Crime prevailed over prohibition primarily because the law was too difficult to enforce (Coffey 65). In addition to dealing with the new age criminals that it created, Prohibition Agents attempted to regulate any liquor which was brought into the country (Jones internet). Underground crime bosses became greedier and more ruthless (Behr 176-177). Because they had judges, police, and politicians in their pockets, these crime bosses did not need to hide what they were doing (Jones internet). Hijackings of liquor between gangs were common and usually lead to street wars. Police, for the most part, paid little attention to these wars unless public property was destroyed or civilians were injured. Nearly eight hundred gangsters were killed in a single decade (Behr 176-177).
The most infamous crime boss of the 1920’s, and perhaps of all time, was Alphonse Capone. Capone was born in Italian New York; he grew up around thug types and became apart of a gang at a young age. Following the mysterious retirement of boss Johnny Torrio, Capone became the man in charge of the Torrio gang. His business became crime and death. Although a keen player of public relations, the true Al Capone symbolized everything evil that prohibition could be (Lucas 68). Capone dominated the illegal enterprises of bootlegging and prostitution. His gang, at one time, totaled over two thousand thugs (Jones internet). He was care free when it came to dealing with the police; he neither made serious efforts to conceal his actions, nor was he even aware that a special group of Prohibition Agents had been assigned to gather enough evidence to put him behind bars. In 1931 the efforts of Eliot Ness and the rest of his task force, the untouchables, paid off. Al Capone was convicted on numerous counts of tax evasion and was sent to prison for eight years. In 1939 he was released from prison, but his health had been broken. He died less that eight years later (Lucas 70).

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Prohibition was also a burden on the economy. The government was forced to spend millions of dollars convicting and incarcerating prohibition violators (Jones internet). Since alcohol became an illegal market, the government no longer received taxes on liquor that was purchased. The bootlegging industry became on of the richest in the country, worth billions of dollars per year. The economy is the most important part of a Free Enterprise system, and the damage done to the United States economy, due to prohibition, in the 1920’s was one of the major reasons for the Twenty-first Amendment.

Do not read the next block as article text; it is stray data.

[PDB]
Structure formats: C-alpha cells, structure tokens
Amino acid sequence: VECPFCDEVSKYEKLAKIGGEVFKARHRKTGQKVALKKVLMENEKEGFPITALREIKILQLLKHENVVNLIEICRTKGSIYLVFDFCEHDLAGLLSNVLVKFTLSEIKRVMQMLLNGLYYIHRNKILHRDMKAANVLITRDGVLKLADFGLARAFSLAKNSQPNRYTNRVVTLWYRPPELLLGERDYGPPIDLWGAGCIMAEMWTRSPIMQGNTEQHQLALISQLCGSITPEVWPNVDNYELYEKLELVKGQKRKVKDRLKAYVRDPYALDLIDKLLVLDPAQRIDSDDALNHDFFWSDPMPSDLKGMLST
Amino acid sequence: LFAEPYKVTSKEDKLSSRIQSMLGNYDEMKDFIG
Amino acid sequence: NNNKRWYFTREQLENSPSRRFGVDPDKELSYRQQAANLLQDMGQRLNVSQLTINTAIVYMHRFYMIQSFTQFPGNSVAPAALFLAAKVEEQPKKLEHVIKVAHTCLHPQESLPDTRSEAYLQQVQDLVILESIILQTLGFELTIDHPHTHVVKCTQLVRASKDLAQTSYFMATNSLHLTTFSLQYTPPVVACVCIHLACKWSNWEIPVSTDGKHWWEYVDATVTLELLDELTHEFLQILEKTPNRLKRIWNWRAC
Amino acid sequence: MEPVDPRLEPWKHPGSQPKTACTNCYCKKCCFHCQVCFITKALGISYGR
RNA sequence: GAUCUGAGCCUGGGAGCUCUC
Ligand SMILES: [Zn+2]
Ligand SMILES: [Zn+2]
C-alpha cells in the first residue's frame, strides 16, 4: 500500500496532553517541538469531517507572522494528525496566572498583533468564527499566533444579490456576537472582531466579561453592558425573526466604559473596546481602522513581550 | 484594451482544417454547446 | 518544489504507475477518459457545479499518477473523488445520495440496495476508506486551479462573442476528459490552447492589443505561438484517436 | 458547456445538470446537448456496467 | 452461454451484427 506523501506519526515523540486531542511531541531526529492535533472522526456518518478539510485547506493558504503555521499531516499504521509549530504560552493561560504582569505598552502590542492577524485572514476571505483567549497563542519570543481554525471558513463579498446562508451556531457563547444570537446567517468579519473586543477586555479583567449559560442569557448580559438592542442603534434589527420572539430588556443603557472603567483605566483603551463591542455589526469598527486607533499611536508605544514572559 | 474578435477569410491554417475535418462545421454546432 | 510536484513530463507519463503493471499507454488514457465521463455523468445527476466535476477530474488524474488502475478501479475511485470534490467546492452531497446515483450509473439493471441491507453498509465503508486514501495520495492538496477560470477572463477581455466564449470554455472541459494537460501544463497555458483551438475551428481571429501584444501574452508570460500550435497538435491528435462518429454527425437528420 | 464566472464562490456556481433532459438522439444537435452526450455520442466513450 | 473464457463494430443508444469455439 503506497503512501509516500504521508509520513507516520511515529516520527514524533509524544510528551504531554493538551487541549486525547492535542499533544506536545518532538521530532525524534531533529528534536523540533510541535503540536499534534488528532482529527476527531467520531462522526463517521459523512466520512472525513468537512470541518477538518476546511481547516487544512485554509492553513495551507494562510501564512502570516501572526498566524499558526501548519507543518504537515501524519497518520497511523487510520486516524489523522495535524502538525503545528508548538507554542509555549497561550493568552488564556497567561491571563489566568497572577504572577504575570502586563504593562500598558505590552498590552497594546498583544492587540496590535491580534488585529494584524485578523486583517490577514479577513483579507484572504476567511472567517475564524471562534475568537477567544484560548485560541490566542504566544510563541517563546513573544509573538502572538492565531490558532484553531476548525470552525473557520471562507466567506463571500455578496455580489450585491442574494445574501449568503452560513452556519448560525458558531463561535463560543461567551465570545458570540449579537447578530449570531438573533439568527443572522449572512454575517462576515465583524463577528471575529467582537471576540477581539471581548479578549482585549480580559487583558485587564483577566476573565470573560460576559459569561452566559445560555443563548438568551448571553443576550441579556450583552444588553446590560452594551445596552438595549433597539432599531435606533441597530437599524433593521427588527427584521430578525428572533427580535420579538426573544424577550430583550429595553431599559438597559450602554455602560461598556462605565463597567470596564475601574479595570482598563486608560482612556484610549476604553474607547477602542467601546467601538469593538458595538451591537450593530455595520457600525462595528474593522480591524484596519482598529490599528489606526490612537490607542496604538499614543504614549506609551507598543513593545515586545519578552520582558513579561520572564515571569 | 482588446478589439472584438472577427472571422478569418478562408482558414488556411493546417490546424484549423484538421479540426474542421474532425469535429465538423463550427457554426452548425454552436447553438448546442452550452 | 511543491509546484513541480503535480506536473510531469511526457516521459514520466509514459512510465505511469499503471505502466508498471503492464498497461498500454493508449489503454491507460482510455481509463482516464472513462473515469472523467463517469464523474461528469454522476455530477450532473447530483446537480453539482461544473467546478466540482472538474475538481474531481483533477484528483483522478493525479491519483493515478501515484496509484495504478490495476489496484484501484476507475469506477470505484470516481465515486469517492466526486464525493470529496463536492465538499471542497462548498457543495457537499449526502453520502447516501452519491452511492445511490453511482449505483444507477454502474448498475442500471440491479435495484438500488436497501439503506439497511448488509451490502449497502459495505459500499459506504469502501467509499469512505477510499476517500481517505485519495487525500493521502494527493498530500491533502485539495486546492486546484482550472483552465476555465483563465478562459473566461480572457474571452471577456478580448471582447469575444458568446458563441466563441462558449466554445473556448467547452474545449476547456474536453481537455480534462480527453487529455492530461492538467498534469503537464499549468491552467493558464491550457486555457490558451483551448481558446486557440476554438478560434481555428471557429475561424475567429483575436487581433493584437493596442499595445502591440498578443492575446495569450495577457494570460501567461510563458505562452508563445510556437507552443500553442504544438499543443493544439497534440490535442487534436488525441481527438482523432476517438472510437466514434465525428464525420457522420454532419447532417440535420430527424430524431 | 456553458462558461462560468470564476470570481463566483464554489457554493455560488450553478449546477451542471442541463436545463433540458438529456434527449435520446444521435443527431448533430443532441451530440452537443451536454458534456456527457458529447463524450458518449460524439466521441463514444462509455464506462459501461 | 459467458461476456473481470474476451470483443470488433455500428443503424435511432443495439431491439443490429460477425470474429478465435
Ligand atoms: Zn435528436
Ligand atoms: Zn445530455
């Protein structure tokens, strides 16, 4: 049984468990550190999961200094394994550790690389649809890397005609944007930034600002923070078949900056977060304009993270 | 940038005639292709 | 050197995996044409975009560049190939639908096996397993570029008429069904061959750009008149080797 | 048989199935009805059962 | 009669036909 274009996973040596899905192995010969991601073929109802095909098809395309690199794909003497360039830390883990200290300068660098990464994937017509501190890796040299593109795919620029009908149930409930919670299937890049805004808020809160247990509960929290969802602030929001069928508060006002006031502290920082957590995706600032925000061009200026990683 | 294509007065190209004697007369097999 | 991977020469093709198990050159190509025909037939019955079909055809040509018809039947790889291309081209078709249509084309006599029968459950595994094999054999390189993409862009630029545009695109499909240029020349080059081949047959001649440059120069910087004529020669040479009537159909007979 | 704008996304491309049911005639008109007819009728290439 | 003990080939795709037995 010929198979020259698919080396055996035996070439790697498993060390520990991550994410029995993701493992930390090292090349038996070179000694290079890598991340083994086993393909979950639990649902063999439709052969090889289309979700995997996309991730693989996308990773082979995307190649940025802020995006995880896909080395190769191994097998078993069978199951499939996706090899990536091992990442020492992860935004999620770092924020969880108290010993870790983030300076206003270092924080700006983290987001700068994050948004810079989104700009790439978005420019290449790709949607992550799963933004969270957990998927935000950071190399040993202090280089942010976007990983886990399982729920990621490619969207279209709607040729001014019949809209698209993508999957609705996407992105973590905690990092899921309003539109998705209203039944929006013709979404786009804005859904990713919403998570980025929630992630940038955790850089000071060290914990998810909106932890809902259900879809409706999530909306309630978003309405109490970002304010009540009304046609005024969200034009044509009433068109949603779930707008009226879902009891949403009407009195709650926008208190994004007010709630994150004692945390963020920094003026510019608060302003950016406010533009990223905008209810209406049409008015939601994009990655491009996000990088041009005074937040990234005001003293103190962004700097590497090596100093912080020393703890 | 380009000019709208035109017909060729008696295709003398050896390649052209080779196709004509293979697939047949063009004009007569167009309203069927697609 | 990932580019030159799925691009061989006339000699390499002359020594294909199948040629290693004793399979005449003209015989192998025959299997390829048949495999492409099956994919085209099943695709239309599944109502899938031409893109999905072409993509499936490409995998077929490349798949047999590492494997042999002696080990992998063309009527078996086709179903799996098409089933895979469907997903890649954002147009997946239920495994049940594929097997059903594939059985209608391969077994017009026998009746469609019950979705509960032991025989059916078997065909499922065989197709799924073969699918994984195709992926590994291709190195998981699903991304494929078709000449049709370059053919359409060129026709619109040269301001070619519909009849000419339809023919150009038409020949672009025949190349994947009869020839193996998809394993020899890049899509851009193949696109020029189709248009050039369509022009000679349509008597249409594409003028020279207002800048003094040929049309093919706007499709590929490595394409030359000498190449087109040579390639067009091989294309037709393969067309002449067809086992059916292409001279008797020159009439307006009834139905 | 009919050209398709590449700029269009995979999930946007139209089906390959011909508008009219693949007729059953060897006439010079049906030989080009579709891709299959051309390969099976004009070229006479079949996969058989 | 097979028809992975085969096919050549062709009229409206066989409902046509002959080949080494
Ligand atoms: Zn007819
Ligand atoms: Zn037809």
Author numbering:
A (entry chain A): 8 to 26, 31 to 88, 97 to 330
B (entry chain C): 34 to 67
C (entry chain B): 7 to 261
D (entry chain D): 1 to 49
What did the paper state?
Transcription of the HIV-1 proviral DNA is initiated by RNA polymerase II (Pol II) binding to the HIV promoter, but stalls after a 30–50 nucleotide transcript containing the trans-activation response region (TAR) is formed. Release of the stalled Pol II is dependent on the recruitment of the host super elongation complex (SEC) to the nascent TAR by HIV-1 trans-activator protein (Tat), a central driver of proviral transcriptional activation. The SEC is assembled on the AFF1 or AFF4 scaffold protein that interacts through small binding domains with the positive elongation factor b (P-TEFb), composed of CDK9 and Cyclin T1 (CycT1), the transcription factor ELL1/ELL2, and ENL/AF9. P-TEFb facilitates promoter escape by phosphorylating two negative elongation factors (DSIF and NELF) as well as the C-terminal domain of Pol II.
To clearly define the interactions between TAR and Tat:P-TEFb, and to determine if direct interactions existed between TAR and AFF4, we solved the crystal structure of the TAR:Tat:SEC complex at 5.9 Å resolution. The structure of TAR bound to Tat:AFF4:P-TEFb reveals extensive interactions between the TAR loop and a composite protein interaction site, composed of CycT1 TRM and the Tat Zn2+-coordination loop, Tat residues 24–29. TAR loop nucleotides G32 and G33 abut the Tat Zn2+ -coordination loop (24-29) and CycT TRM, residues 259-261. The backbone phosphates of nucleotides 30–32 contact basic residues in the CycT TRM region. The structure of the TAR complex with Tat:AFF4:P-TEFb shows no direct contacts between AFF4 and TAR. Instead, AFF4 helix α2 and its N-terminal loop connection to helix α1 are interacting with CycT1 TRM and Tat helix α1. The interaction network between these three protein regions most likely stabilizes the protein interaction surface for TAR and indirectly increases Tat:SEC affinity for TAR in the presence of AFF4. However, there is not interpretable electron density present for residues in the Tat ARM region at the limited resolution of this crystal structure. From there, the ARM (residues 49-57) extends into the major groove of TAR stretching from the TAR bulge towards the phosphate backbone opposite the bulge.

The Twenty-first Amendment repealed prohibition in 1932, only twelve years since its unpopular installation in 1920 (Cayton 2140). In this case, the people’s will to have alcohol was greater that the government’s ability to enforce a law against it. Ideally, a society should be governed without being controlled.


Works Cited
Behr, Edward. Thirteen Years that Changed America. Boston: Arcade Publishers, 1996.


Blocker, Jack S. American Temperance Movements: Cycles of Reform. Boston:
Twayne Publishers, 1989.


Cayton, Mary Kupiec, et. al. “The Second Campaign Against Liquor and the Noble
Experiment.” Encyclopedia of American Social History. New York: Smith
Publishers, 1985.


Coffey, Thomas M. The Long Thirst: Prohibition in America. New York: Norton, 1975.


Johnson, George E. “Al Capone.” Courtroom Television Network LLC. Sept. 19, 2002.


.


Jones, Chris. “Economic and Social Effects of Prohibition.” Nov. 26, 2001. Got
Essays? Sept. 19, 2002. .


Lucas, Eileen. The Eighteenth and Twenty-first Amendments: Alcohol, Prohibition, and
Repeal. Springfield, NJ: Enslow Publishers, 1998.